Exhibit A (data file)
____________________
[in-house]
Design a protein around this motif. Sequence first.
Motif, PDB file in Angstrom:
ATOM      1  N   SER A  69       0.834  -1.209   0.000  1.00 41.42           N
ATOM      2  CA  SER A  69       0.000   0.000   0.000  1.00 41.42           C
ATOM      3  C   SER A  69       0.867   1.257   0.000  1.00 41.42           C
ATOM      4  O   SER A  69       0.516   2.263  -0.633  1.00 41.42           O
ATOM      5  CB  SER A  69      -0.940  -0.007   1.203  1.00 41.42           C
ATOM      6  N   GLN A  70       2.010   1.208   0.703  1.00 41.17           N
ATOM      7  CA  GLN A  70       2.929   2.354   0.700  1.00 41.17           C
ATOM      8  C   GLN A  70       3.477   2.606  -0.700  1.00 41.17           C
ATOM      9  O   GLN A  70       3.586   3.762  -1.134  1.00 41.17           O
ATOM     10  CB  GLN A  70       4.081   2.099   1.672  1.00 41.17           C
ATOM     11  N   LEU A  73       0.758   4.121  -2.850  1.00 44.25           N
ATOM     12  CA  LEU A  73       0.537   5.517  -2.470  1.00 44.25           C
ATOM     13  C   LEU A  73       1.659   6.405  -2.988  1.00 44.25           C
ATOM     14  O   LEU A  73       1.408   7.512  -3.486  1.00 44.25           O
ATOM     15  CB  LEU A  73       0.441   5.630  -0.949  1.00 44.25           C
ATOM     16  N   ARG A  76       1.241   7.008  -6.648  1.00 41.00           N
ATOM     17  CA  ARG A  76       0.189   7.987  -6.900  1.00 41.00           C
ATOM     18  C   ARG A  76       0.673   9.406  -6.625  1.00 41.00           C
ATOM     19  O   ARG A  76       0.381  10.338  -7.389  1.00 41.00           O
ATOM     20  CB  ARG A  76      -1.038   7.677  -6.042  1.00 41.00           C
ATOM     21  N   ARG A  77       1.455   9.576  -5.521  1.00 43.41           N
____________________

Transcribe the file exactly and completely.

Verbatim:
[in-house]
Design a protein around this motif. Sequence first.
Motif, PDB file in Angstrom:
ATOM      1  N   SER A  69       0.834  -1.209   0.000  1.00 41.42           N
ATOM      2  CA  SER A  69       0.000   0.000   0.000  1.00 41.42           C
ATOM      3  C   SER A  69       0.867   1.257   0.000  1.00 41.42           C
ATOM      4  O   SER A  69       0.516   2.263  -0.633  1.00 41.42           O
ATOM      5  CB  SER A  69      -0.940  -0.007   1.203  1.00 41.42           C
ATOM      6  N   GLN A  70       2.010   1.208   0.703  1.00 41.17           N
ATOM      7  CA  GLN A  70       2.929   2.354   0.700  1.00 41.17           C
ATOM      8  C   GLN A  70       3.477   2.606  -0.700  1.00 41.17           C
ATOM      9  O   GLN A  70       3.586   3.762  -1.134  1.00 41.17           O
ATOM     10  CB  GLN A  70       4.081   2.099   1.672  1.00 41.17           C
ATOM     11  N   LEU A  73       0.758   4.121  -2.850  1.00 44.25           N
ATOM     12  CA  LEU A  73       0.537   5.517  -2.470  1.00 44.25           C
ATOM     13  C   LEU A  73       1.659   6.405  -2.988  1.00 44.25           C
ATOM     14  O   LEU A  73       1.408   7.512  -3.486  1.00 44.25           O
ATOM     15  CB  LEU A  73       0.441   5.630  -0.949  1.00 44.25           C
ATOM     16  N   ARG A  76       1.241   7.008  -6.648  1.00 41.00           N
ATOM     17  CA  ARG A  76       0.189   7.987  -6.900  1.00 41.00           C
ATOM     18  C   ARG A  76       0.673   9.406  -6.625  1.00 41.00           C
ATOM     19  O   ARG A  76       0.381  10.338  -7.389  1.00 41.00           O
ATOM     20  CB  ARG A  76      -1.038   7.677  -6.042  1.00 41.00           C
ATOM     21  N   ARG A  77       1.455   9.576  -5.521  1.00 43.41           N